Feeding the Sick or Injured Horse

The diet of a sick or injured horse should be modified to help the horse heal quickly while meeting all of its nutrient needs.
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An injury or illness to your horse means adjusting its nutrition intake.

Competition season is in full swing; your horse is fit and performing well. Then it happens, the horse takes a bad step and pulls up lame. Your immediate concern is the wellbeing of the horse. What is the nature of the injury? How severe is the injury? How much competition time will the horse miss? All logical questions, but another question to consider is, how should you feed this horse to speed recovery?

Injuries come in many forms—bone fractures, skeletal lameness, muscle injuries, tendon injures, ligament injuries and a host of others. The net result of these injuries is the horse immediately stops training. The horse is often transported to a facility where it is confined to a stall for rest. Sickness or disease, much like injuries, can also result in lost competition and training time along with stall rest.

Feeding horses that are sick or injured is not just a matter of providing hay and water. Sick or injured horses have elevated energy and protein requirements. The energy requirements for an 1,100-pound sick or injured horse vary from 18 to 22 Mcal per day. The protein requirements for a sick or injured horse are estimated to be 25% higher than a horse that is simply resting. Together, the nutrient requirements for energy and protein for a sick or injured horse are similar to the requirements of a healthy horse in light work. 

So, we have an injured horse confined to a stall with elevated nutrient requirements. This injured horse is accustomed to daily exercise, but it is not physically able to exercise. We also want to keep this horse calm and quiet to prevent further injury. These challenges make feeding the sick or injured horse difficult.

Let’s first start with the energy (calorie) needs of the injured or sick horse. Begin by providing the horse with grass hay on a free-choice basis. Grass hay will provide calories in a slow release manner since it is fermented within the digestive tract. In addition to grass hay, a small amount (0.5% to 1% of body weight) of alfalfa hay, pellets or cubes should also be fed. Alfalfa contains more calories per pound compared with grass hay and it is a great source of quality protein and calcium. This protein and calcium are very important in the healing process. Soaked beet pulp can be fed to sick or injured horses as an additional source of calories. Beet pulp contains the same amount of calories, on a dry weight basis, as an equal weight of oats, however, beet pulp contains minimal amounts of sugar and starch compared to oats. So, feeding soaked beet pulp instead of oats will minimize the sugar content of the diet and help control hyper behavior.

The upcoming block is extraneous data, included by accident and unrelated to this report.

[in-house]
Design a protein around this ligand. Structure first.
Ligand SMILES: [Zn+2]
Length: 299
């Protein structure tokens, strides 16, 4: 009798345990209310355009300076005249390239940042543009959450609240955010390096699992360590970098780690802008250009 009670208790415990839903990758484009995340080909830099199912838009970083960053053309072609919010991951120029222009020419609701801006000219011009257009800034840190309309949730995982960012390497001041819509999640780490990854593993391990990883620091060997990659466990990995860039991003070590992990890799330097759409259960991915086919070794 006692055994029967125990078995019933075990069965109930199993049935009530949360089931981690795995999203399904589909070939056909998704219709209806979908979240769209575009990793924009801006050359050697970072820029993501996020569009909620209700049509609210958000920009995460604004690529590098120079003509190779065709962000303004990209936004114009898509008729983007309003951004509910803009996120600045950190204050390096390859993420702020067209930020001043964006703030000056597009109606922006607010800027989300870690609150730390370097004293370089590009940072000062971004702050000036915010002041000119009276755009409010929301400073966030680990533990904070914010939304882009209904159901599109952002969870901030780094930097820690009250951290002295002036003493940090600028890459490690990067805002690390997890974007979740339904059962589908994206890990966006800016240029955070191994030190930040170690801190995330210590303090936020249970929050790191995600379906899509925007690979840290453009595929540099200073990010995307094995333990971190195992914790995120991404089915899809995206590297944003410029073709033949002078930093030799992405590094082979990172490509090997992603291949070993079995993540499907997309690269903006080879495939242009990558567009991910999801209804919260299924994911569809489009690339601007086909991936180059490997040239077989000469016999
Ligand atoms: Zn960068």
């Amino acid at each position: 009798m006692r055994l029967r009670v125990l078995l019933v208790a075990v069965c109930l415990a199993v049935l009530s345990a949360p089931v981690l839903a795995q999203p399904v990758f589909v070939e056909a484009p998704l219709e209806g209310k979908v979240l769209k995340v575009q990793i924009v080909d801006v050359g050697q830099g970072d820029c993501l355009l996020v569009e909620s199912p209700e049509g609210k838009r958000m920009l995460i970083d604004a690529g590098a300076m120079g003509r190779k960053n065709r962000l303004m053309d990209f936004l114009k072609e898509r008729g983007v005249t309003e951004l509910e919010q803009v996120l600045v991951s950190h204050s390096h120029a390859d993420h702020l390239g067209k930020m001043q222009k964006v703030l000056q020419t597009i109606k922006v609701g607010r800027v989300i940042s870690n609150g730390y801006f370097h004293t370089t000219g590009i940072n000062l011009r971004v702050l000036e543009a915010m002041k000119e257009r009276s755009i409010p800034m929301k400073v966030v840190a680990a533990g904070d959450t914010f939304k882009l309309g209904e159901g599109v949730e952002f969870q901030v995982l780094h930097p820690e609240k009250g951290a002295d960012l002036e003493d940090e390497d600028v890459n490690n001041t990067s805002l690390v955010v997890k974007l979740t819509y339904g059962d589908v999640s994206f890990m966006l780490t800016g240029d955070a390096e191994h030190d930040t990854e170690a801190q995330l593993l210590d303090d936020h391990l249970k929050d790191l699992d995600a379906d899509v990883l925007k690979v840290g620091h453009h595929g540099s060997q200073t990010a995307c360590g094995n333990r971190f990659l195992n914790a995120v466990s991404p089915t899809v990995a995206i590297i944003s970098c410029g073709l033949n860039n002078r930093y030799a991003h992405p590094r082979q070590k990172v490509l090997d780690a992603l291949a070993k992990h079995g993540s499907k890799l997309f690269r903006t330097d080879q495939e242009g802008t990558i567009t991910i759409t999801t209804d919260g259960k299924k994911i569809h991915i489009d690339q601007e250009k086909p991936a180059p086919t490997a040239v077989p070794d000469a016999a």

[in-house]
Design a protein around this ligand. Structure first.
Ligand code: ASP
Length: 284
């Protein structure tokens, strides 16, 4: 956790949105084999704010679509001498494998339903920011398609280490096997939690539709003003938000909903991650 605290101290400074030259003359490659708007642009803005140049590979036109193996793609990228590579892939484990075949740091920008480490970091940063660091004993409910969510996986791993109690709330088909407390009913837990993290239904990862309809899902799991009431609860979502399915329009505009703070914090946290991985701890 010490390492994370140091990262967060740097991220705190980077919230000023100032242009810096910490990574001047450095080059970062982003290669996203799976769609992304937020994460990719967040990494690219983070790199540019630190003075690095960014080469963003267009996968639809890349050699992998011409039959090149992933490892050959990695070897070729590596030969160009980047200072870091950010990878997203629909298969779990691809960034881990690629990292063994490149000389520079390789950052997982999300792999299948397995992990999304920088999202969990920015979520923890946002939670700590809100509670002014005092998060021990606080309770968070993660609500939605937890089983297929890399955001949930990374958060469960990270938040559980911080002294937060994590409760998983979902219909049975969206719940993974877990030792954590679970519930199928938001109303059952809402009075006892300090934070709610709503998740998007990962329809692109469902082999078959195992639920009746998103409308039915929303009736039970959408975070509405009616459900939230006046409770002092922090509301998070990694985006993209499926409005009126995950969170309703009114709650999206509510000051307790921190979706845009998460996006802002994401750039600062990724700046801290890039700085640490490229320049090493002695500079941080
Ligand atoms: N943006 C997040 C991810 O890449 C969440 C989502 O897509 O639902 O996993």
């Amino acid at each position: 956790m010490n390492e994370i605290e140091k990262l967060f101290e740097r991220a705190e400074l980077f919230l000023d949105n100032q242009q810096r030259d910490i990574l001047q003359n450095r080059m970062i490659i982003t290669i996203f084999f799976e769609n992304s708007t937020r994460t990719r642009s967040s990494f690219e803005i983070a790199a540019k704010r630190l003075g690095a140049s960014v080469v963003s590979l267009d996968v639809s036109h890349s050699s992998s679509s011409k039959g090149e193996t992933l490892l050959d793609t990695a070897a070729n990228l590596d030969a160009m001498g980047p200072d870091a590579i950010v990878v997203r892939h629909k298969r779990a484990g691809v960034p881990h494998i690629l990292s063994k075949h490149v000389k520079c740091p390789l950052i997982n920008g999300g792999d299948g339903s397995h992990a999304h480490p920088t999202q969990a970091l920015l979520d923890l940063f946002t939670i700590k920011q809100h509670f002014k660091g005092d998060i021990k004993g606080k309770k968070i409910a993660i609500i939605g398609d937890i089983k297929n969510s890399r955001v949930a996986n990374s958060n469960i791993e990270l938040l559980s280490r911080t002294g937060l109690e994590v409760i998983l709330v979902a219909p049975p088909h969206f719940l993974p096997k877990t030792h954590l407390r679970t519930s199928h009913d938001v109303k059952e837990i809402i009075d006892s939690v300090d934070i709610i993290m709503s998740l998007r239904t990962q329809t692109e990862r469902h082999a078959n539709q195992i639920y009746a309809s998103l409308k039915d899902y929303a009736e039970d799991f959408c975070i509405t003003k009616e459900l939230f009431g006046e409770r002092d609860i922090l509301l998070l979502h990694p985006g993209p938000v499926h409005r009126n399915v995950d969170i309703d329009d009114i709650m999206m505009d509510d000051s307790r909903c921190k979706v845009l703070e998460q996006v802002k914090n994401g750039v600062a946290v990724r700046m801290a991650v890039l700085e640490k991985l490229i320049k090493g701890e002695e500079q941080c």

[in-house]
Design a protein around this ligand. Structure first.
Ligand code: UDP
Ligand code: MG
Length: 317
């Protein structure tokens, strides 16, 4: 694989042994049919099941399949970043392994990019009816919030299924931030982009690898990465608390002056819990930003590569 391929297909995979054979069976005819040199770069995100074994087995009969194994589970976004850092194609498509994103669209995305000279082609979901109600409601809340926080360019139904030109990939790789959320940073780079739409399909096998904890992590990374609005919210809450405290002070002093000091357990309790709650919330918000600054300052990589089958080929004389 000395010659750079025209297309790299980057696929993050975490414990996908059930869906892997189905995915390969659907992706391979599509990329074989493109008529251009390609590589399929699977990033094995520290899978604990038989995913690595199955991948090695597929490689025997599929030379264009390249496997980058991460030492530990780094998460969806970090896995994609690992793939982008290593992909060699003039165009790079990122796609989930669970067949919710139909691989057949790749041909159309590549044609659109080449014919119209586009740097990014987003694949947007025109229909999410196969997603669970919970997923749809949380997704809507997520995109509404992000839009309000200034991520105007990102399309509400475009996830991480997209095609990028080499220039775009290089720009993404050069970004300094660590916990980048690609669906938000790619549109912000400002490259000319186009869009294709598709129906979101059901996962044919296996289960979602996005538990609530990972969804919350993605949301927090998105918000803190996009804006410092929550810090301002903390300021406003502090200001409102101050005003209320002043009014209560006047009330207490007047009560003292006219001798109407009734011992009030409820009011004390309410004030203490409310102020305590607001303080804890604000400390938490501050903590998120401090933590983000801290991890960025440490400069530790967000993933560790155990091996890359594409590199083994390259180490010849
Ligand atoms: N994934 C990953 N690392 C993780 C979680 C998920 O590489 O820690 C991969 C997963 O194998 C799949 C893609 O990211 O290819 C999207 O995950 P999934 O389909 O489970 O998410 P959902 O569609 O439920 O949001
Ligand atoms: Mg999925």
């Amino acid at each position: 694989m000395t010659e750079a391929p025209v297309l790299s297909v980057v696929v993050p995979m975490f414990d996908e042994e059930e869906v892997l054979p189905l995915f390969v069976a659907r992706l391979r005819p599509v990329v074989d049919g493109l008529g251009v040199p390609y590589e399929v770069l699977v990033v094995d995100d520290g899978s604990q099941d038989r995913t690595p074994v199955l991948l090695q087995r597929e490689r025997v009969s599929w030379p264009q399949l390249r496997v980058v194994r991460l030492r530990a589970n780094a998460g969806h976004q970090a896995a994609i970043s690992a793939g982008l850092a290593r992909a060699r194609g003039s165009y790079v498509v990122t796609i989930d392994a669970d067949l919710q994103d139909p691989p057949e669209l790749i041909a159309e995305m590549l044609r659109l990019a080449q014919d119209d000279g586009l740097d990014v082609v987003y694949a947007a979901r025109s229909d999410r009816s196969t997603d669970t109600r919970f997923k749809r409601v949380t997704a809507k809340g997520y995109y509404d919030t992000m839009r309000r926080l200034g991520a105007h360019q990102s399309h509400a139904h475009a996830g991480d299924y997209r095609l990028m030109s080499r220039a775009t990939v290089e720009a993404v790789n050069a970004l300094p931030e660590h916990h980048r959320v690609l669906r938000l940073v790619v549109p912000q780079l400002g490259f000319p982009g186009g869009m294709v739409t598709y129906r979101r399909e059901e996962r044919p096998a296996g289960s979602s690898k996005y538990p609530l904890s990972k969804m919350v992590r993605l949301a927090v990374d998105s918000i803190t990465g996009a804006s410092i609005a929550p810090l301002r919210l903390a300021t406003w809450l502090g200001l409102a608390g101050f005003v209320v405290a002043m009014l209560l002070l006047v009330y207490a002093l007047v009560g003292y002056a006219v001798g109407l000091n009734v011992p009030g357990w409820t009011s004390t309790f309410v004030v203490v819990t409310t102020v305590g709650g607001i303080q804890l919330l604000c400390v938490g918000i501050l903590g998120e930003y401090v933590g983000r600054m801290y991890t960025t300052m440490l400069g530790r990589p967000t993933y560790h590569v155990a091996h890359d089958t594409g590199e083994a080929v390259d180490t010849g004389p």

Dietary fat in the form of vegetable oil (soybean oil or canola oil) is also a highly digestible, non-sugar energy source. Horses that are thinner than a body condition score of 5 will take longer to heal since they lack nutrient intake and body reserves.

The protein requirements of a sick or injured horse are elevated by 25% over maintenance requirements. Protein is a important component of muscle, bone and most soft tissues, and it is a vital nutrient for the healing process. Extra protein is most often supplied in the diet with alfalfa hay, soybean meal and ground flax.

The final component that must be addressed in the diet is the intake of vitamins and minerals. Vitamins and minerals function as building blocks for the repair of damaged tissue. They also function as co-factors to facilitate the chemical reactions to synthesize or repair tissue within the body. Critical minerals and vitamins include calcium, phosphorus, copper, zinc, selenium, and vitamins A, D and E. The low intake, high protein supplement pellet that was added as a quality source of protein should also be an excellent source of vitamins and minerals. Follow the feeding directions on the label to ensure the horse gets adequate diet fortification.

Finally, the management of the horse is critical to the recovery process. We have purposely eliminated or at least minimized the grain component of the diet to control the sugar and starch intake of the horse. This should help to control some of the hyper behavior often seen in horses confined to stalls.

The next time your horse should have the unfortunate fate of becoming sick or injured, modify the diet as described to help the horse recover quickly.

This article was authored by Dr. Tania Cubitt and Dr. Stephen Duren, Performance Horse Nutrition. For more information about Standlee Premium Western Forage visit standleeforage.com.